The Huffington Post is in absolute awe of the adminstration’s strategy. “The key to understanding today’s announcement on Iran is this: President Obama knew about the secret Iranian facility nine months ago. Before he began his strategy of engagement, he knew Iran was lying about its program. When he extended his hand in friendship, he knew Iran had built a secret factory to enrich uranium. Before he offered direct talks, he knew Iran was hiding a nuclear weapons breakout capability. Each move was denounced as “weak” and “naïve” by the right. That talk looks foolish today. These were the moves of chess master, carefully positioning pieces on the board, laying a trap, and springing it at the opportune moment.”

According to this interpretation, the Obama administration cannily wooed Iran, offered to meet without preconditions, released Iranian special forces who killed American troops in Iran, refused to support dissidents who were fighting for their lives in the streets of Teheran, made the withdrawal of US troops from Iran the centerpiece of its policy, dismantled the defense missile shield aimed at deflecting projectiles the Ayatollahs might launch at the West and offered to reduce its own nuclear stockpile to levels unknown since the 1940s  to lull them into a false sense of confidence so that they could deliver their diplomatic bombshell. And then — to crown it all — just when Iran’s cat was almost out of the bag, they pre-empted the public release by hours to leave Teheran in no doubt that they were dealing with a strategic genius.  The Huffington Post explains the game of grandmasters to us poor kibitzers:

He knew better than his critics that Ahmadinejad could not be trusted. He just had a better plan for how to deal with him. …Obama is now well positioned to unite world leaders in a long-term strategy to back Iran away from nuclear weapons. While some nations mistrusted the previous administration–fearing a repeat of the Iraq War–they have more confidence in Obama. They don’t believe he will use military force, except as a last resort. …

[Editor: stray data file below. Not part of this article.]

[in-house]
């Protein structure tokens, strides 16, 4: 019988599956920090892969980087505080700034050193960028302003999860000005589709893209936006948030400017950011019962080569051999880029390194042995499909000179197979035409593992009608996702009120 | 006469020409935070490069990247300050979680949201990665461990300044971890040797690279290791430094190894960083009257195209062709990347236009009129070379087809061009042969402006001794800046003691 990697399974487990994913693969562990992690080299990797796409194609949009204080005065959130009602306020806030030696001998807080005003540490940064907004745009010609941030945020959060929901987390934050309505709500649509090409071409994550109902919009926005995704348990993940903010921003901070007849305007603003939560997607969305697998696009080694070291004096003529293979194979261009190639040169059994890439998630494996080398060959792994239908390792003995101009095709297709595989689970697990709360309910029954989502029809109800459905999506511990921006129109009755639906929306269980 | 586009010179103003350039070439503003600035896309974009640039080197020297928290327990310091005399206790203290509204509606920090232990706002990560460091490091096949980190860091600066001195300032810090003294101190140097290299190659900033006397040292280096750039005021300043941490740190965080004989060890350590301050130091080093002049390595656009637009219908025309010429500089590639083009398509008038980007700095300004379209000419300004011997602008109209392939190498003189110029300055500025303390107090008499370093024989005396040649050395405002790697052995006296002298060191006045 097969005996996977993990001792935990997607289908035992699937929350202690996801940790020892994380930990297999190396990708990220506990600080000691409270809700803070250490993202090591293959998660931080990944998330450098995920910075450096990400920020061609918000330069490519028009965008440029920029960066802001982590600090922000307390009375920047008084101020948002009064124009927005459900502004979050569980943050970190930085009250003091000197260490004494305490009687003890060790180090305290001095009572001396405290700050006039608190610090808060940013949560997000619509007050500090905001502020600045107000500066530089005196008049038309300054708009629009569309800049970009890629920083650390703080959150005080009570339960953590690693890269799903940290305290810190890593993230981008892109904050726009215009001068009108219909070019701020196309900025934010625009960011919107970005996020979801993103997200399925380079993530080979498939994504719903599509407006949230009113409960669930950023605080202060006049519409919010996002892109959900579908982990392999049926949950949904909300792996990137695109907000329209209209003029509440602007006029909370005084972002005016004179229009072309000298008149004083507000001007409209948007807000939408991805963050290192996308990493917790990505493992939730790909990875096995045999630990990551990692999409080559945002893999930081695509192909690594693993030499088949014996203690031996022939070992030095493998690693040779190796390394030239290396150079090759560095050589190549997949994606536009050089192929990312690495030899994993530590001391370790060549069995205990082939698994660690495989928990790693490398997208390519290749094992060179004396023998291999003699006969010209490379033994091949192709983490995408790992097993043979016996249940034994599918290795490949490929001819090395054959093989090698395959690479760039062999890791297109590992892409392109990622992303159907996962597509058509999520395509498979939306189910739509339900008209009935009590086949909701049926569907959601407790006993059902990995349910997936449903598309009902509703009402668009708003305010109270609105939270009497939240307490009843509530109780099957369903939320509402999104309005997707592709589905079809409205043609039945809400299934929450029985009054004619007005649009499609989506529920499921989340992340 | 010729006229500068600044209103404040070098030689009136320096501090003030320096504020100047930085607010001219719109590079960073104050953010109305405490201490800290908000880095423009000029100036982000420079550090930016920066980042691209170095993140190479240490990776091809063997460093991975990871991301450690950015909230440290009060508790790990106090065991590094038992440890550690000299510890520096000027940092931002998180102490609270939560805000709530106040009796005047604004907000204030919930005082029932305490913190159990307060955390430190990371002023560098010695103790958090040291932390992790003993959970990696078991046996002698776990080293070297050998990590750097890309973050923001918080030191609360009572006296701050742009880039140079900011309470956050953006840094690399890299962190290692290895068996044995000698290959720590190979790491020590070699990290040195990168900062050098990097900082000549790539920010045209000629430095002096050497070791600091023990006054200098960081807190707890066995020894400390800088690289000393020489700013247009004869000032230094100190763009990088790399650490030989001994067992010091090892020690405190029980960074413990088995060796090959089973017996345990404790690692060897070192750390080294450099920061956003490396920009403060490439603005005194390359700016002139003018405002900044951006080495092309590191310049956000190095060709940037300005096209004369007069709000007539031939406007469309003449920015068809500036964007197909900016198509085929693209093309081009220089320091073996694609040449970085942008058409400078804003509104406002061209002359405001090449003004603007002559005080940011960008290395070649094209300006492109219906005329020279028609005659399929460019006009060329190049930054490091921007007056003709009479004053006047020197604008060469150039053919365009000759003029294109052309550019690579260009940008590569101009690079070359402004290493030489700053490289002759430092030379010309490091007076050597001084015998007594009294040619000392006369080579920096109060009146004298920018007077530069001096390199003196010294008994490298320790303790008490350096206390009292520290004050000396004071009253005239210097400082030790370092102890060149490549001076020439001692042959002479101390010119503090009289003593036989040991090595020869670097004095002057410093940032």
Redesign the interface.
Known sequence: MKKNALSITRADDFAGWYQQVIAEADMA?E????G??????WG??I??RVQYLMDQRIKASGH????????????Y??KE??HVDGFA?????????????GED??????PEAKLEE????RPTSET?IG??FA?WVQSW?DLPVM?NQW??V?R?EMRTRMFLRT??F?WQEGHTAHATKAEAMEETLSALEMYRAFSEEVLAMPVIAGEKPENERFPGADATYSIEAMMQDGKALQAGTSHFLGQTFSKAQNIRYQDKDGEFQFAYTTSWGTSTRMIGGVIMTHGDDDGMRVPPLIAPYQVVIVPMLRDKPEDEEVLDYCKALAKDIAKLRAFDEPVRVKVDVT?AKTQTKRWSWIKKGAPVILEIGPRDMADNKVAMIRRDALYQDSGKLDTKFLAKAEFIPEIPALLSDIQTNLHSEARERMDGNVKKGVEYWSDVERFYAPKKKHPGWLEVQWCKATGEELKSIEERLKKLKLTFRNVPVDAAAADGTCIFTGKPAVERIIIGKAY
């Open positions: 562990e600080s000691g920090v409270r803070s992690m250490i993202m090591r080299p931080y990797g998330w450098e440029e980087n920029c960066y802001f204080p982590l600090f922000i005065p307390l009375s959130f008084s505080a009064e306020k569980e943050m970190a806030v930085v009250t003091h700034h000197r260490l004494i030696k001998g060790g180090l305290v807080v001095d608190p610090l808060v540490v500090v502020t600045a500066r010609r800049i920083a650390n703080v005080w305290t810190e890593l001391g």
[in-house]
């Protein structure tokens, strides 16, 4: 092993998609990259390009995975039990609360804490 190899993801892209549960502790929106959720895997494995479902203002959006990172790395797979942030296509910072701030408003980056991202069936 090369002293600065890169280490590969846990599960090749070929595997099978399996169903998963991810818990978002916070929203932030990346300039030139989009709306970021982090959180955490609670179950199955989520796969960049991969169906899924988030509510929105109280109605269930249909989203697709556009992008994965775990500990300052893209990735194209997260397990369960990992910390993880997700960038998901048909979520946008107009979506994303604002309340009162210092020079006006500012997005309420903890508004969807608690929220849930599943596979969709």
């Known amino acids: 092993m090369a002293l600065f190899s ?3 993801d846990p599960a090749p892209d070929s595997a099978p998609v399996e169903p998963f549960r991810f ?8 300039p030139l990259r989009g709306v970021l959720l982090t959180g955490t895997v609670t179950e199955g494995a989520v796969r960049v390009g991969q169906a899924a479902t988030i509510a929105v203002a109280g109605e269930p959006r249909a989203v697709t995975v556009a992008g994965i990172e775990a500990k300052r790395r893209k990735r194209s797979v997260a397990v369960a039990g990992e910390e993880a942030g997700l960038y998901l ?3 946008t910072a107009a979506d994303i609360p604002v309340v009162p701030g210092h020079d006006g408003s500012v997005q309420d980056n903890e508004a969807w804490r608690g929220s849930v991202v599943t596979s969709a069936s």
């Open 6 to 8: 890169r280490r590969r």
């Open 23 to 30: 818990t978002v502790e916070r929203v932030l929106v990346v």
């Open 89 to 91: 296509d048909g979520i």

Obama has now backed Iran into a corner. The solution will not be easy or quick, however. A great deal depends on getting Russia and China to agree to tougher sanctions. There are options that Europe and the US could employ without them, but their agreement to UN sanctions would greatly increase the financial and diplomatic pressure on Iran. UK Prime Minister Gordon Brown, speaking with Obama and French President Sarkozy this morning, laid down a December deadline for sanctions.

The obvious solution is for Iran to agree to intrusive inspections. Let the IAEA inspectors into all sites; give them access to all records; give them access to all scientists. If possible, we want a suspension of the program–both construction and operations.

All of this is now more likely than at any time in the past few years. We will know soon, within the next few months, if Obama’s sophisticated, comprehensive approach is working. For now, we have a new appreciation of Obama, the strategist.

But here the second fly in the ointment makes its appearance. David Ignatius’s source mentioned the need for strong measures in a pinch. He said “we [the administration]  could always escalate”. But how this can credibly be threatened, given the administration’s arduous efforts to convince America’s allies that it won’t “use military force, except as a last resort” remains to be seen.  A sheriff who spends months convincing gangsters that his gun is unloaded may suffer from a credibility deficit when he tells them to come out with their hands up or else. But all this may yet succeed in prying an agreement from a regime which just demonstrated its willingness lie until it is caught. And when that agreement is to hand it will resolve everything, as we all know, even if you can’t believe a word on it.